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What kind of Spring Data JPA relationship is this?

 
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I'm creating an inventory management website application.   There is a warehouse, and inside the warehouse there are bins, and inside the bins there are items.   Inside the bins there can be multiple of the same item.  For example if you are storing toothpaste, you can have 2 toothpaste in one bin, and toothpaste in another bin.   I'm trying to create something where a user can look up an item and find out all of its locations.     This doesn't seem to fit a one to many, because if you put an item in one bin, it won't let you put it in another bin if you have many of the same item.   Is it a many to many?   If so, how do I make it so that if I put one container of toothpaste in bin 12, I can put another one in bin 12 without it causing an error due to the duplicate mapping?  
 
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It sounds like you have a table which says, for example, "Bin 49 contains 3 cases of Snickers". Wikipedia calls this an associative table, or alternatively a join table or a junction table or a cross-reference table. Sorry, I don't know what Spring calls this but hopefully it uses one of those four names.
 
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It's a many-to-many, but with an additional column in the join table - the count. The table would have three columns: a foreign key to the bin, a foreign key to the item, and the count. The two foreign keys combined form the primary key.

I don't think this can be done in JPA using a @ManyToMany, because of the additional column. Normally I'd probably go for an @ElementCollection in the bin table, but because you want the relation to be bidirectional (so you can look up bins for an item), you'll have to make it an entity. You'll end up with three entities:

1. Bin. It has a @OneToMany relation to the join table entity.
2. Item. It has a @OneToMany relation to the join table entity.
3. The join table entity. It has @ManyToOne relations to both Bin and Item. You'll need to use @MapsId twice to share the columns for the primary key with the relation fields.

The MapsId documentation (see the link) shows how you can set up the columns in the join table. You'll just have to do it twice, one for each relation.
 
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Actually, I think you can define a join table with extra fields in it.

What I fiound frustrating about doing many-many in JPA was that - and memory is fuzzy here - JPA was favoring working with a join table that it automatically named itself, as well as naming the join fields and the names didn't fit the standards of the legacy database. So I had to learn how to explicitly set all that up.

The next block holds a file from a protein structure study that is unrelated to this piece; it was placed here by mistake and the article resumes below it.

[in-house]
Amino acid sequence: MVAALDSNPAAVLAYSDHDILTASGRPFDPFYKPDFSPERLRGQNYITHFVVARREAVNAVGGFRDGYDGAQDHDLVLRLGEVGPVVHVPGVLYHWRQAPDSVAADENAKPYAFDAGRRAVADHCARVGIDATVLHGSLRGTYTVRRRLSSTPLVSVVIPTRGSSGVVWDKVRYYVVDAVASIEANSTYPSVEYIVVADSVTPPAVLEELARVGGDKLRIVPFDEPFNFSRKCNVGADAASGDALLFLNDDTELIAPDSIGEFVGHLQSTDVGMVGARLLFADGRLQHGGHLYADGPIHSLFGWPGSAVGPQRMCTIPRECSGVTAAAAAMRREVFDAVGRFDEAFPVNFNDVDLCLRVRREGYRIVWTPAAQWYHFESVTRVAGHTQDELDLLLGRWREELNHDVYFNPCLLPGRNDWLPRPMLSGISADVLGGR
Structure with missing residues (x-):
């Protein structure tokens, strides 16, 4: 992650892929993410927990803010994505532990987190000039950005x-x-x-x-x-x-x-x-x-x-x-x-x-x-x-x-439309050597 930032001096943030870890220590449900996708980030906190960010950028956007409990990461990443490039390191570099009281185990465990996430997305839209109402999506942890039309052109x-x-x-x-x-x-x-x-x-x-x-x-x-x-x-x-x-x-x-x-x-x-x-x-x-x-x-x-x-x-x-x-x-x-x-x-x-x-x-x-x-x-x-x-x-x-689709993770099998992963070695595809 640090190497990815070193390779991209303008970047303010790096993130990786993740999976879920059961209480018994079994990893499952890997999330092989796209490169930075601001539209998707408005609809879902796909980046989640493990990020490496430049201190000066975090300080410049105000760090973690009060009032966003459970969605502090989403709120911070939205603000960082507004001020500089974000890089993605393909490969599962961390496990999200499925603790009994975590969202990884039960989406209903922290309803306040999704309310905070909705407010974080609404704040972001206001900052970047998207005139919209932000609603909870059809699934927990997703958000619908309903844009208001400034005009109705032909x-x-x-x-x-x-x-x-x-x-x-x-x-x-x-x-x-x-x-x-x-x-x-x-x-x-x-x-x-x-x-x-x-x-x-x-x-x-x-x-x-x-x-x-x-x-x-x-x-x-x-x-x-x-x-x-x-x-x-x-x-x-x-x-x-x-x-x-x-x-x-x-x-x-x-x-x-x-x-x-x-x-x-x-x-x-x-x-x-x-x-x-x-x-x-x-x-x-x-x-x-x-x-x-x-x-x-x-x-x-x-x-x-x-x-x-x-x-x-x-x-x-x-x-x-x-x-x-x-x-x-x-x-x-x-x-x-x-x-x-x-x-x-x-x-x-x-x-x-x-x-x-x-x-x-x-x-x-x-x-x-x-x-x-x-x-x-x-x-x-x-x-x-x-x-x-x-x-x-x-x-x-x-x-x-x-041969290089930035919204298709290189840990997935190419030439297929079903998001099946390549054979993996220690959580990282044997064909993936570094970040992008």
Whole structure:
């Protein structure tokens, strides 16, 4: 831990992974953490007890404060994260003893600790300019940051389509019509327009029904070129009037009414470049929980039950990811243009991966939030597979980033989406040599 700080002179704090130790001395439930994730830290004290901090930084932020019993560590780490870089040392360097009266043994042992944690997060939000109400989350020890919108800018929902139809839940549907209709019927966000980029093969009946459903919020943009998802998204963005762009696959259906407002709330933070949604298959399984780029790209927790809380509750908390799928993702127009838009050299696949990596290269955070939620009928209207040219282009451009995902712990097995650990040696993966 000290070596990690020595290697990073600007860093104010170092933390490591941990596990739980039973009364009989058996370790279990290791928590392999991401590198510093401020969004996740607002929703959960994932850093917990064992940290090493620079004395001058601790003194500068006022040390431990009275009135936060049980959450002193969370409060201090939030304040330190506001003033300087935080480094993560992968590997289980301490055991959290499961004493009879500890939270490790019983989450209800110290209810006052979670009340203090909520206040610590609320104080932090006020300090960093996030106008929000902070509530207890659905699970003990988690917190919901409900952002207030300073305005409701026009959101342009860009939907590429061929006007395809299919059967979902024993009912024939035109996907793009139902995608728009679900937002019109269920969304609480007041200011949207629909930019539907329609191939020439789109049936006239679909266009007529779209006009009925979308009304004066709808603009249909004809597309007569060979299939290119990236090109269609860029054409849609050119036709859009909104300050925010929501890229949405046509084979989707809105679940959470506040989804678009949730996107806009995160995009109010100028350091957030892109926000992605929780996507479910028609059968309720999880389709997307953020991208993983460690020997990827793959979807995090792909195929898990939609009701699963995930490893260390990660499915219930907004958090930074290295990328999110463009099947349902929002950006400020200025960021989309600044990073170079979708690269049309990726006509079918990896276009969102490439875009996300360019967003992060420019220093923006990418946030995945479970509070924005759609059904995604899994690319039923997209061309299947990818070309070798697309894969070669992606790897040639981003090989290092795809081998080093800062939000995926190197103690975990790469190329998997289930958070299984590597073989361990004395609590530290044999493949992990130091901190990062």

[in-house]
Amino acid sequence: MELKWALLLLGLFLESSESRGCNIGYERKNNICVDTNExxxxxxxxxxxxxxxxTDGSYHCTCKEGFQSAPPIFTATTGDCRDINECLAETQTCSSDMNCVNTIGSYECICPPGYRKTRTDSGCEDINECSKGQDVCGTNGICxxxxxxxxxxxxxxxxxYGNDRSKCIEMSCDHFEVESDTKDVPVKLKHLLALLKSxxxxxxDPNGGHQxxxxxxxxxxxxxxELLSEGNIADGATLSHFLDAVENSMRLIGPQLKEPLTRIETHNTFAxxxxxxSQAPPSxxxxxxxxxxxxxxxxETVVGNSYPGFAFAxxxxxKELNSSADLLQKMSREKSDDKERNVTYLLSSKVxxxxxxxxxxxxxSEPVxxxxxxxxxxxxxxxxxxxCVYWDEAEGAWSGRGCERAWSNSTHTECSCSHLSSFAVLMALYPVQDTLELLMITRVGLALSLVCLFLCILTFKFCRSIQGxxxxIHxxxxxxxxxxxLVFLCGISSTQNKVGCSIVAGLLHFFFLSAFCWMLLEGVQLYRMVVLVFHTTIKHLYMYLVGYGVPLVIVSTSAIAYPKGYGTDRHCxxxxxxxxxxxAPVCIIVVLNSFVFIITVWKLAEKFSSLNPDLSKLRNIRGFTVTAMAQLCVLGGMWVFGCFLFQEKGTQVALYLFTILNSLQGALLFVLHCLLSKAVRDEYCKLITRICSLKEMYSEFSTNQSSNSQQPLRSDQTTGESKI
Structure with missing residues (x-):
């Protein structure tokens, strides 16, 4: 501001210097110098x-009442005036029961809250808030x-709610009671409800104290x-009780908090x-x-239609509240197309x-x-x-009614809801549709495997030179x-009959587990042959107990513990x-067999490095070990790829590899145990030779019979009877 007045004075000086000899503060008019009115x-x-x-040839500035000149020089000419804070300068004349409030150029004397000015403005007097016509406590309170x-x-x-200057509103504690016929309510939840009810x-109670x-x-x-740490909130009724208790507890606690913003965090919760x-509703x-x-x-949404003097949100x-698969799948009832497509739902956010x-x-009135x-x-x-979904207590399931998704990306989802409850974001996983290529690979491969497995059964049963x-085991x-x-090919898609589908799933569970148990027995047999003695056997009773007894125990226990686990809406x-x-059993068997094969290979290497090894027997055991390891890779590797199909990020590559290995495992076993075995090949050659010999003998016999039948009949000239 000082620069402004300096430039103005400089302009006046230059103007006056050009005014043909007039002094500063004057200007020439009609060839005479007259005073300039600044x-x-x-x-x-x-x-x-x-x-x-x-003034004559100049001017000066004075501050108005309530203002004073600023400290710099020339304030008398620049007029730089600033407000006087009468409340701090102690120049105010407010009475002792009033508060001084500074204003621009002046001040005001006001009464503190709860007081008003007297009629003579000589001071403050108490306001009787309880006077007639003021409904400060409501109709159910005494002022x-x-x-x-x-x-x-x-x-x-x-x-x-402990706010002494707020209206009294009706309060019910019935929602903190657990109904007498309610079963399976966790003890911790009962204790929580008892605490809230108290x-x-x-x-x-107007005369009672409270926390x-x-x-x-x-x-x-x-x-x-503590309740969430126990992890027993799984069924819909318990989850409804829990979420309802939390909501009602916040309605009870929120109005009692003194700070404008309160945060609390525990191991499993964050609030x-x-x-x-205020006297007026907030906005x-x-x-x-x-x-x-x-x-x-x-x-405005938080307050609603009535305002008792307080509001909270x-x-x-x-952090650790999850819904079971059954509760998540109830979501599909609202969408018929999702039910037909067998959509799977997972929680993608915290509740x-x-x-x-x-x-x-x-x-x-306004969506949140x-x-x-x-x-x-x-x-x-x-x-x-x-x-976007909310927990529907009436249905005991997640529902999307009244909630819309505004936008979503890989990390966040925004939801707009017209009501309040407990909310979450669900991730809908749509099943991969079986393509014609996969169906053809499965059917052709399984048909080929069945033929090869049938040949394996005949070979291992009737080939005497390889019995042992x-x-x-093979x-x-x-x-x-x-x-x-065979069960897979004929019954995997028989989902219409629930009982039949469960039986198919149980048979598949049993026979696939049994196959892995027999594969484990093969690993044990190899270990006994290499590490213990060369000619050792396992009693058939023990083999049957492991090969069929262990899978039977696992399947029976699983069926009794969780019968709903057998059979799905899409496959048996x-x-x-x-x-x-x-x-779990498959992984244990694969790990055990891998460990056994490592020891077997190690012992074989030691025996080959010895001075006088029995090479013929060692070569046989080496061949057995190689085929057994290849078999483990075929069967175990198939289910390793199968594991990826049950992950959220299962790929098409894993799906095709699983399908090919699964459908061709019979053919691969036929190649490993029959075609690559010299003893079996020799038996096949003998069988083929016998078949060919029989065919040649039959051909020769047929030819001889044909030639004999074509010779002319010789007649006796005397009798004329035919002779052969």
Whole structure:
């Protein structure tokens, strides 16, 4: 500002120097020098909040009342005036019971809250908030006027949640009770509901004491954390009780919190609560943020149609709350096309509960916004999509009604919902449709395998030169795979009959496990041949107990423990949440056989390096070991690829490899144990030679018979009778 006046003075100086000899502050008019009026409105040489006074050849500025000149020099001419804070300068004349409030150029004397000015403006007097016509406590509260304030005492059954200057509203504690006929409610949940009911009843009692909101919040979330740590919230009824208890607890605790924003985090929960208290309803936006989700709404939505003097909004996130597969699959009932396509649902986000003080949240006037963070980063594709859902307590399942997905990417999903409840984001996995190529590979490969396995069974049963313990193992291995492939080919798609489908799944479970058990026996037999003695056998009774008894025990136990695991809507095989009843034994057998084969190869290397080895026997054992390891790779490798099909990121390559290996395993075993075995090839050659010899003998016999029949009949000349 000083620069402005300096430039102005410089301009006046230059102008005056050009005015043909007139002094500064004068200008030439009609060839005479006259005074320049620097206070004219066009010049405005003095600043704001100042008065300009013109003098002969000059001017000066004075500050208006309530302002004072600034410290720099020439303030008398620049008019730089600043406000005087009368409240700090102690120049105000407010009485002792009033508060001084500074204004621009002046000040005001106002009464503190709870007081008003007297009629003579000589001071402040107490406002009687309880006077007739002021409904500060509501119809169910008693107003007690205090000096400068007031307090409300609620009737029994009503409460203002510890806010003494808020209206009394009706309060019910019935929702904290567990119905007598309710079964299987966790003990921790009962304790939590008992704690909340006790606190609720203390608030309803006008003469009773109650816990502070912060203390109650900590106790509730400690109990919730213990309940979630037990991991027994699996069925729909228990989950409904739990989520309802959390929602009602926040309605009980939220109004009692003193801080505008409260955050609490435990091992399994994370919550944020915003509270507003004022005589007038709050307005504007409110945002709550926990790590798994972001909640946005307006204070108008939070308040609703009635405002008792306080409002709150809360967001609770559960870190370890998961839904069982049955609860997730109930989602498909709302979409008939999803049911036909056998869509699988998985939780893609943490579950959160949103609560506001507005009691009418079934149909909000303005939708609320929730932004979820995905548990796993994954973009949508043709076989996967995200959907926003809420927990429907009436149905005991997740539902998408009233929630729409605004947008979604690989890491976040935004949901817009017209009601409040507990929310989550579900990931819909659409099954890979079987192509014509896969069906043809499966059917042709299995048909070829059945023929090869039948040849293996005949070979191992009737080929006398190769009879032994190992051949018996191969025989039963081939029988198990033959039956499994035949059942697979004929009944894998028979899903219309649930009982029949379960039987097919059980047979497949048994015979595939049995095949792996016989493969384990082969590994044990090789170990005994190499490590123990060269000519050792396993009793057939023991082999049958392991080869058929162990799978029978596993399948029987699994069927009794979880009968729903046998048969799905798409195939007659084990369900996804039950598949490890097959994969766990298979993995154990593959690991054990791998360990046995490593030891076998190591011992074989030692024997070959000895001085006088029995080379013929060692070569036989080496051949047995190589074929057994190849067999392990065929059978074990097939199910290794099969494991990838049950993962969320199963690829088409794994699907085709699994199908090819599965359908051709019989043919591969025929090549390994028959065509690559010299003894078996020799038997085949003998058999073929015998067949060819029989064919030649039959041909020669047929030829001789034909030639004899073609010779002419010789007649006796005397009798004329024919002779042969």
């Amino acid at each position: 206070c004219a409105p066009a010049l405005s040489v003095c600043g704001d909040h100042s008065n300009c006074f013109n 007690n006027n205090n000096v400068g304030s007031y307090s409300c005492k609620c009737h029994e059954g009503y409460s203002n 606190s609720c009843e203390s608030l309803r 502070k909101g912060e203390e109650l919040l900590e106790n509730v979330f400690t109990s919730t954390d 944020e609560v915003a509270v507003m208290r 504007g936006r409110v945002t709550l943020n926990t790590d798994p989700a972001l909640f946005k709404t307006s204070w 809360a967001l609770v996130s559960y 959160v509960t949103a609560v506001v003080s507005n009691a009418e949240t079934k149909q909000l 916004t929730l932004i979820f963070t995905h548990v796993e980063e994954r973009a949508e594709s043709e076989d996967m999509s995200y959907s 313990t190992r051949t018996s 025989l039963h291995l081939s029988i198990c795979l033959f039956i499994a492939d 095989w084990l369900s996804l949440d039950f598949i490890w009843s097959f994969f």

Incidentally, SQL may not be the best approach in cases where the relationships between entities are more important that the attributes of the entities. For cases like that, a graph database like Neo4J might be preferable. There is a Spring Data module that supports it. Although the query language can look pretty strange relative to SQL.
 
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Tim Holloway wrote:Actually, I think you can define a join table with extra fields in it.


Then would that be done with a @ManyToMany on a Map? The key would then be the entity, the value the single column or an embeddable.

What I fiound frustrating about doing many-many in JPA was that - and memory is fuzzy here - JPA was favoring working with a join table that it automatically named itself, as well as naming the join fields and the names didn't fit the standards of the legacy database. So I had to learn how to explicitly set all that up.


True, the default (if I recall correctly) is <OwnerTable>_<OtherTable> and <ownerId> / <otherId>. @JoinTable can be used to tweak that.

Incidentally, SQL may not be the best approach in cases where the relationships between entities are more important that the attributes of the entities. For cases like that, a graph database like Neo4J might be preferable.


Agreed. People are used to SQL, but there are situations where fitting models in SQL is just not the correct way.
 
Tim Holloway
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I'm pretty sure I have an example of what I'm proposing in a project somewhere, but alas, I cannot easily locate it. Nor, unfortunately, my venerable aPress JPA2 reference, which might illustrate such a concept.

The primary problem as I noww recall isn't so much the name of the join table - which can be overridden on the annotation - but on its definition and maintenance. A basic join table requires no application logic because JSF understands everything that should be done with it and does it automatically.

But I think that you can define your join table as @Entity and thereby make it available for additional payloads and operations. Although I'm unsure as to whether doing so would be blessed in all JPA versions and implementations. It's possible that being both an @Entity and a @Jointable might offend some implementations.

Obviously you can define an ad hoc manual Join Table as an Entity by simply making its primary key be the concatenation of the two (or more) foreign keys that reference a row in the table and doing many-to-one references from the tables that join on it. You don't get the full automation of a native @JoinTable, but it does give the join attributes.
 
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